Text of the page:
March – April 2014
On the Pulse
Colleen Eccleston wins Rally Song contest
To the cheers of a tight game and the applause of a packed house, the winner of the School of Music / Vikes Nation Rally Song Contest was decided at the Vikes men’s basketball game on January 10—and first prize went to the School of Music’s own songwriting instructor Colleen Eccleston!
With 18 submissions from across campus—including entries by students, faculty and administration alike—the top three finalists were performed live at half-time by fourth-year Music student and rising star Josh Lovell. And while the crowd enjoyed the first two songs by Kyell Erickson and Kevin Grout, they clearly cheered the loudest for Eccleston’s song . . . which made the decision by the judging panel—UVic President Jamie Cassels, Director of Athletics and Recreation Clint Hamilton, Director of School of Music Dr. Susan Lewis Hammond and varsity athlete Kyle Irvine—that much easier. Eccleston picked up a brand new iPad for her winning song, titled “Vikes Nation.” Attendees of future games will hear a recorded version of Lovell’s rendition before the starting lineups of each Vikes home game.
“It was amazing and exciting to hear them live.” says Eccleston. “[Lovell] could really sing it, and that made a difference. And it was doubly thrilling for me because one of my students in my History of Rock & Roll class was playing in the game. I was really cheering for him.”
All in all, it was a fantastic night for the School of Music in the McKinnon Gym, with the UVic Jazz Ensemble—led by Music professor Patrick Boyle—also getting in on the action by playing upbeat songs at both the women’s and men’s game.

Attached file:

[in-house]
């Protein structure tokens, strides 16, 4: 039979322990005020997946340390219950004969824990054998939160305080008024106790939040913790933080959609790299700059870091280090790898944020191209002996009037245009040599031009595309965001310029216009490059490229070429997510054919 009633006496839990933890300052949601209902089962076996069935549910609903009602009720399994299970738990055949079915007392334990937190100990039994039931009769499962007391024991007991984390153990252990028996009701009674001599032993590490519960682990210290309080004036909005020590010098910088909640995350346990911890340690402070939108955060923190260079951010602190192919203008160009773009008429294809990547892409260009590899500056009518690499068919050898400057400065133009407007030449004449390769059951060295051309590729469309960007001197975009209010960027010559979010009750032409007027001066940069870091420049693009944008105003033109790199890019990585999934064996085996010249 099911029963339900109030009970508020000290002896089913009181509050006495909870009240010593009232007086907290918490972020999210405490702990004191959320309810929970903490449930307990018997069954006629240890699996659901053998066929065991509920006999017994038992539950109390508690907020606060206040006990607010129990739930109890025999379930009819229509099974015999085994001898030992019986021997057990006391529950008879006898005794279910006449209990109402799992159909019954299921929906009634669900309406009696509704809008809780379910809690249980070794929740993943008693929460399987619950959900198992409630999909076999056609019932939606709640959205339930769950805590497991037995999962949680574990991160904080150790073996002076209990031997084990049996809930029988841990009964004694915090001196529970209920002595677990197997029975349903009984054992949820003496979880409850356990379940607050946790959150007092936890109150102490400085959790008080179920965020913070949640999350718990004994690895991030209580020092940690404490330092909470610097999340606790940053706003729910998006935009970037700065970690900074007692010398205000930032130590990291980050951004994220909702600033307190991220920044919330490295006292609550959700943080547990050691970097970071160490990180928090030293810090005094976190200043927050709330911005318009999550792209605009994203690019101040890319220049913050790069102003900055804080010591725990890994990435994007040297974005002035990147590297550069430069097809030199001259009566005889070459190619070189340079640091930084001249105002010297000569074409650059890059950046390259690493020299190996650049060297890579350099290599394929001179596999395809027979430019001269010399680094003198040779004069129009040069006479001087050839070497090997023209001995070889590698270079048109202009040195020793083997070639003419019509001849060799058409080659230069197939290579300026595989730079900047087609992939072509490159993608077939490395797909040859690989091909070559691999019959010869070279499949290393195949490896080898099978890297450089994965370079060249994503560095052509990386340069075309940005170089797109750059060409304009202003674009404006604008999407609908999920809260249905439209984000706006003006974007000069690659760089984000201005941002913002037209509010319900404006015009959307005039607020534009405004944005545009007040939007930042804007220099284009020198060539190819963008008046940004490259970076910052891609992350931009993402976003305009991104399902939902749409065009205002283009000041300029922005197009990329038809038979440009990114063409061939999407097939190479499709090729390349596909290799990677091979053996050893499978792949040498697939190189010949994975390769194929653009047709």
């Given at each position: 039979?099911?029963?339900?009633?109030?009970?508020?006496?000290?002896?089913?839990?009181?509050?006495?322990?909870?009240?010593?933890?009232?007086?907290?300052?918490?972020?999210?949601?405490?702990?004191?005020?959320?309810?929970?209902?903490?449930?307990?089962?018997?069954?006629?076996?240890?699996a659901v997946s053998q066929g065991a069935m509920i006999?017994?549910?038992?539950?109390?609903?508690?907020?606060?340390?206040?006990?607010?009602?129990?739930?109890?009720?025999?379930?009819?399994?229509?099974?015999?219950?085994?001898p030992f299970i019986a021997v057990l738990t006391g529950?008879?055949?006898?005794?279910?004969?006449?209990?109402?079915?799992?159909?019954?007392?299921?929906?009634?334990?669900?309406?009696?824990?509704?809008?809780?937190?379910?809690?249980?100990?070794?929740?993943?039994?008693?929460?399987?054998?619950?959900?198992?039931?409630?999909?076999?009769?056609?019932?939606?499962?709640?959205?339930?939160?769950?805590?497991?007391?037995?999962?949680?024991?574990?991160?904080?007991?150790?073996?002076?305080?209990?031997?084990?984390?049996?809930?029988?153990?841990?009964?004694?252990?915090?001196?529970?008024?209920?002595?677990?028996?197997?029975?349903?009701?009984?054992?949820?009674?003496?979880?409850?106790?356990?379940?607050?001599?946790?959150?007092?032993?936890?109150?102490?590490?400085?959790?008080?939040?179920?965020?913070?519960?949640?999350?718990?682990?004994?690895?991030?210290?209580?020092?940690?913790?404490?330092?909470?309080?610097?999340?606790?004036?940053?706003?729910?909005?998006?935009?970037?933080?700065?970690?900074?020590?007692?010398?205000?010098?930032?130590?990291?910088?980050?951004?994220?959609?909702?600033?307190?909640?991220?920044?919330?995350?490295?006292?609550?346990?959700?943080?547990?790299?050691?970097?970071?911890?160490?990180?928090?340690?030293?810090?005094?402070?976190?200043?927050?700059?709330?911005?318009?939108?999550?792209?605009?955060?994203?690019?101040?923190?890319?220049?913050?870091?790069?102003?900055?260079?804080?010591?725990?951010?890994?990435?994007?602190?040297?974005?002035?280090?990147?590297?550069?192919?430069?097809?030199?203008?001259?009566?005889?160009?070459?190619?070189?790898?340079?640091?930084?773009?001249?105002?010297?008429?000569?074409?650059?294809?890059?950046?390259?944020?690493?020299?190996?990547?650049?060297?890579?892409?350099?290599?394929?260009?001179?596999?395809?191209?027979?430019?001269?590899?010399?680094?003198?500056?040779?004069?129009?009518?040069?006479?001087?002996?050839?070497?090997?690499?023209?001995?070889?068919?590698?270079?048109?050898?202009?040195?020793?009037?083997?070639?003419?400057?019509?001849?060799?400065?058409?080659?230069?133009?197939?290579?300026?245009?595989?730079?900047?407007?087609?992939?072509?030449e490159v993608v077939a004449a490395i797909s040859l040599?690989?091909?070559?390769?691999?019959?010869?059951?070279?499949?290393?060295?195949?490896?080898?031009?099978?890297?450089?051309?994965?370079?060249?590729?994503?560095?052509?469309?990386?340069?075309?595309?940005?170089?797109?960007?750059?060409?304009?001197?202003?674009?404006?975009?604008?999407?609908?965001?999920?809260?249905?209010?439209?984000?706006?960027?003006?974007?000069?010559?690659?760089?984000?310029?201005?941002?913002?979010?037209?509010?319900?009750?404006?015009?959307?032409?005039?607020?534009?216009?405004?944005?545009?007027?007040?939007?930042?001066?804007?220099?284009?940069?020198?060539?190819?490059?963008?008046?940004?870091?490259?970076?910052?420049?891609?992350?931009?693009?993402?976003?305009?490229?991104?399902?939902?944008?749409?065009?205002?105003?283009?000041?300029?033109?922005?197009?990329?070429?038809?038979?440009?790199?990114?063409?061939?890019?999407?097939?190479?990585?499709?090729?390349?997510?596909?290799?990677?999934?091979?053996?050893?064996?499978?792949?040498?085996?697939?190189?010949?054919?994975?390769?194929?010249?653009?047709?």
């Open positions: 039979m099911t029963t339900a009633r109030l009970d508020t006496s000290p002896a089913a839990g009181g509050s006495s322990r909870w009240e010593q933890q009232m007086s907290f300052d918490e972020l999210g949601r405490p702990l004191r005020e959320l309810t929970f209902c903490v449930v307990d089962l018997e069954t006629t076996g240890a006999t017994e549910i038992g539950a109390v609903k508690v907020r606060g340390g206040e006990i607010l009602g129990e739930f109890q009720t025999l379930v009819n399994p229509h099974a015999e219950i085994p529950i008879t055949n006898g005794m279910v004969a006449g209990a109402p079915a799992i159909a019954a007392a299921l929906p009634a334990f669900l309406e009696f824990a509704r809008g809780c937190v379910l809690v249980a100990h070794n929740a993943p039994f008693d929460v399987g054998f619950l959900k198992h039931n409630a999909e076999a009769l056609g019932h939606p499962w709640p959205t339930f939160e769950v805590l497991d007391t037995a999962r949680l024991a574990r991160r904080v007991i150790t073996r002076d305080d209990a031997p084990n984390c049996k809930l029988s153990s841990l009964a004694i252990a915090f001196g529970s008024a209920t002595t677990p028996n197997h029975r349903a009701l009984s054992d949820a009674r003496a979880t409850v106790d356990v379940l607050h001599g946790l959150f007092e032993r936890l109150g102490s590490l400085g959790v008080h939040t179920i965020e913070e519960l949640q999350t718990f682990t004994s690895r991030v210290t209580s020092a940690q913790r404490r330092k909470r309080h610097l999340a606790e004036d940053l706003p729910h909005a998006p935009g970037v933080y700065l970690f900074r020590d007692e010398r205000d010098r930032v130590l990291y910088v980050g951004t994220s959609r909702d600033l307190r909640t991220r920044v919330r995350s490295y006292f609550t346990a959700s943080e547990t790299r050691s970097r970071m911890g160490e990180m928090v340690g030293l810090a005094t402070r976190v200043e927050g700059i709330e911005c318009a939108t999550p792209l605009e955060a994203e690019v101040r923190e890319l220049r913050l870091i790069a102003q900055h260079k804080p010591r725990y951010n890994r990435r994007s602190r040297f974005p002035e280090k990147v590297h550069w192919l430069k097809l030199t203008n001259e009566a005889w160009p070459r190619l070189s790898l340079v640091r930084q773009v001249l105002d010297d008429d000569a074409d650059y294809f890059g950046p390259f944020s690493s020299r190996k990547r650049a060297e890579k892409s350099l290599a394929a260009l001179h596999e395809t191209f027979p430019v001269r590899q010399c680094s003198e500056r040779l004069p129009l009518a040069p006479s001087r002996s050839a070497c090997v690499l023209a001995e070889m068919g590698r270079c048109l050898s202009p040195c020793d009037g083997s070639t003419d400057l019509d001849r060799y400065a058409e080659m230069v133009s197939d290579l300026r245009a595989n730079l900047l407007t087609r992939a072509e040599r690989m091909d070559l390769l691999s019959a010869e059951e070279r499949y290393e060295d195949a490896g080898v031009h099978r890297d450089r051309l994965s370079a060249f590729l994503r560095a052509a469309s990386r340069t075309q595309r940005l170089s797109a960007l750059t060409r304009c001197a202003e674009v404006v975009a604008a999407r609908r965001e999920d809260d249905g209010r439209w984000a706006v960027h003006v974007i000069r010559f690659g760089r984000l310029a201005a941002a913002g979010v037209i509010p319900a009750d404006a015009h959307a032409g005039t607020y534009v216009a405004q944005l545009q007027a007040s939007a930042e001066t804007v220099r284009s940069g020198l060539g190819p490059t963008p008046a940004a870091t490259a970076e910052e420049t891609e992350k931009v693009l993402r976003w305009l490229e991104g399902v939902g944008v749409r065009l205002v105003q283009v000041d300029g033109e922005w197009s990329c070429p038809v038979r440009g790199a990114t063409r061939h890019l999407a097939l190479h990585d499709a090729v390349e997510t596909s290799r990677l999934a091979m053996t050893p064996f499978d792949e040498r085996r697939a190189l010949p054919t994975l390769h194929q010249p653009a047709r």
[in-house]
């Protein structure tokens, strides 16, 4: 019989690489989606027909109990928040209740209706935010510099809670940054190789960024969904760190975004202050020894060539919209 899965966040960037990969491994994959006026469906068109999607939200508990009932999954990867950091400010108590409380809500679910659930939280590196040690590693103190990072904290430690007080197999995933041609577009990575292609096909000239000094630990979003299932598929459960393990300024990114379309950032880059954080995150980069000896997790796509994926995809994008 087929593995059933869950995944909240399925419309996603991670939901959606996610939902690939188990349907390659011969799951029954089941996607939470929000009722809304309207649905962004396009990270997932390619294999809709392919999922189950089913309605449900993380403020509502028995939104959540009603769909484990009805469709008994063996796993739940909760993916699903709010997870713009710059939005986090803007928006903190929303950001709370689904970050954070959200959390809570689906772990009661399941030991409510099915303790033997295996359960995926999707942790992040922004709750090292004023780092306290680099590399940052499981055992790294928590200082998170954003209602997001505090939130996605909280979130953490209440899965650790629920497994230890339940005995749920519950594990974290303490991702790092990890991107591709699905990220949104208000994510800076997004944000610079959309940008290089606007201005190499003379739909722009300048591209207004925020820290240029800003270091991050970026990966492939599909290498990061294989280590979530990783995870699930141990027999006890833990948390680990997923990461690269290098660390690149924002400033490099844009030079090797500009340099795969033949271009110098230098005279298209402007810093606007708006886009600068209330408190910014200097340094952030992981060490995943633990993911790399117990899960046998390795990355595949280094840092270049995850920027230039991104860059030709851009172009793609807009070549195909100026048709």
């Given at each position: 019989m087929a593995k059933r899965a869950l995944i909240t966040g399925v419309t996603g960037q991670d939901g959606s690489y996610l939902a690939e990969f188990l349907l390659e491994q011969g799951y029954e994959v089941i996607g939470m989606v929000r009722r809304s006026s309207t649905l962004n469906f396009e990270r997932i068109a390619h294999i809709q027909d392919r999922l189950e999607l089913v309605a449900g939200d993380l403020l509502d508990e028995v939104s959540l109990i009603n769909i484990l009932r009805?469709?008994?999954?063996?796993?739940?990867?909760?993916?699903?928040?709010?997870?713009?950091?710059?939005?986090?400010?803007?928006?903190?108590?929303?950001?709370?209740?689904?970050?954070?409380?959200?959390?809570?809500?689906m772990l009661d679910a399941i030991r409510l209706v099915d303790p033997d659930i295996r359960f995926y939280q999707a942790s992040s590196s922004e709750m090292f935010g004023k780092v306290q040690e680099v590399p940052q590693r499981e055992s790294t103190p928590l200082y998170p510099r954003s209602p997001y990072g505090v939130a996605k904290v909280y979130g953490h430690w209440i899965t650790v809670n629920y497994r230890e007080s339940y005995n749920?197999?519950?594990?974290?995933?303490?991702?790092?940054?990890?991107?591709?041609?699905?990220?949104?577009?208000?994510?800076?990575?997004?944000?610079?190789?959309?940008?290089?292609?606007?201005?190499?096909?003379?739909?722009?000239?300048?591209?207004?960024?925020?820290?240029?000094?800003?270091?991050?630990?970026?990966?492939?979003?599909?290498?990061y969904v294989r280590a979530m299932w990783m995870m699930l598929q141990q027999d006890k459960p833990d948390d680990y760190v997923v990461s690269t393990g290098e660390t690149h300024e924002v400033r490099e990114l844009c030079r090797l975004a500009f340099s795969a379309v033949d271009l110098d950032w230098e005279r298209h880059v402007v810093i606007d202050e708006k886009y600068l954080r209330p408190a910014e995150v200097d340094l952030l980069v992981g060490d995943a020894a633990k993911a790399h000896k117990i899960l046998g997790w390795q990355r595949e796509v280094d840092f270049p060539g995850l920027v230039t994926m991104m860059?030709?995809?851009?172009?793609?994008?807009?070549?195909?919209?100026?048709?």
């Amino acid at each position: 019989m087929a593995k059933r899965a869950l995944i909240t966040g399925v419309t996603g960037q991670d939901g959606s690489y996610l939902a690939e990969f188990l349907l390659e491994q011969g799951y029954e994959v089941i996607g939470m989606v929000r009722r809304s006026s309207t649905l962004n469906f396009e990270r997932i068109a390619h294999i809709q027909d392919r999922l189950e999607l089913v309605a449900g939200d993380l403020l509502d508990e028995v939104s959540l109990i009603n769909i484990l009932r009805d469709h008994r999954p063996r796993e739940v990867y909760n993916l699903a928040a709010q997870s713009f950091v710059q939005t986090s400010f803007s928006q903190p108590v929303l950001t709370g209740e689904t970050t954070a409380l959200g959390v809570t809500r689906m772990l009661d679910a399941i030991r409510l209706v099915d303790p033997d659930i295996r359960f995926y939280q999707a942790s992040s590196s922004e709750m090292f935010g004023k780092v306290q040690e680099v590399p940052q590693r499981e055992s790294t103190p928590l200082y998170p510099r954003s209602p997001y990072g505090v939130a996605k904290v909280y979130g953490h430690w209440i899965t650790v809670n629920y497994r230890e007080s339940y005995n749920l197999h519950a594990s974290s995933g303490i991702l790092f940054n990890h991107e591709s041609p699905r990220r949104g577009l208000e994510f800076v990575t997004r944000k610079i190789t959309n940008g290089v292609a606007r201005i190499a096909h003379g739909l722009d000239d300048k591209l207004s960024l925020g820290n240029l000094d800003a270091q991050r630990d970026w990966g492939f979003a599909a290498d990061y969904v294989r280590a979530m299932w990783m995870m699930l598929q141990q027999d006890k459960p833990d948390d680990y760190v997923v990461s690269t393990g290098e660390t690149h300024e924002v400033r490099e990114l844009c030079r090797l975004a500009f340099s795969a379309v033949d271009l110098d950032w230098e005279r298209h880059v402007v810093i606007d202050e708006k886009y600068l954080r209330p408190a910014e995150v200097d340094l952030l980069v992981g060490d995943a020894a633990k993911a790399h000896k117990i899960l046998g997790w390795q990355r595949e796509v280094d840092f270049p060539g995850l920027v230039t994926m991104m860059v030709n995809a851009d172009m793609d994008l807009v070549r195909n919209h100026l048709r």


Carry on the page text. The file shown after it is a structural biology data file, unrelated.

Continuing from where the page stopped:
Click here to listen to Josh Lovell singing Eccleston’s winning song, with a montage of photos from the January 10 event.
Read the full story on the Fine Arts blog.
Photo credit: UVic President Jamie Cassels and Vikes mascot Thunder present Rally Song winner Colleen Eccleston with her iPad (photo: Armando Tura)
What’s the Big Idea?
UVic’s third annual IdeaFest is back and ready to expand your mind with fascinating ideas from fascinating people. Running March 3 to 8 at various venues across campus, IdeaFest offers over 50 ideas worth celebrating.
This year’s theme is “Ideas that can change everything,” and there is no shortage of School of Music events to check out. Here’s a quick rundown by date of what we have scheduled, but be sure to see the main schedule for complete details. All events are free and don’t require registration—unless otherwise noted.
• Get an inside look at how musicians make music with a Cello Master Class lead by Pamela Highbaugh Aloni. (1:30pm – 2:30pm Tuesday, March 4 in the Phillip T. Young Recital Hall, MacLaurin B-Wing)
• The annual Jamie Cassels Undergraduate Research Awards feature new research produced by 115 young scholars, including fourth-year Music & Computer Science student, Sondra Moyls. Be sure to check out her contribution to this fascinating exhibit. (11:30am – 3pm Wednesday, March 5, Michelle Pujol room, SUB)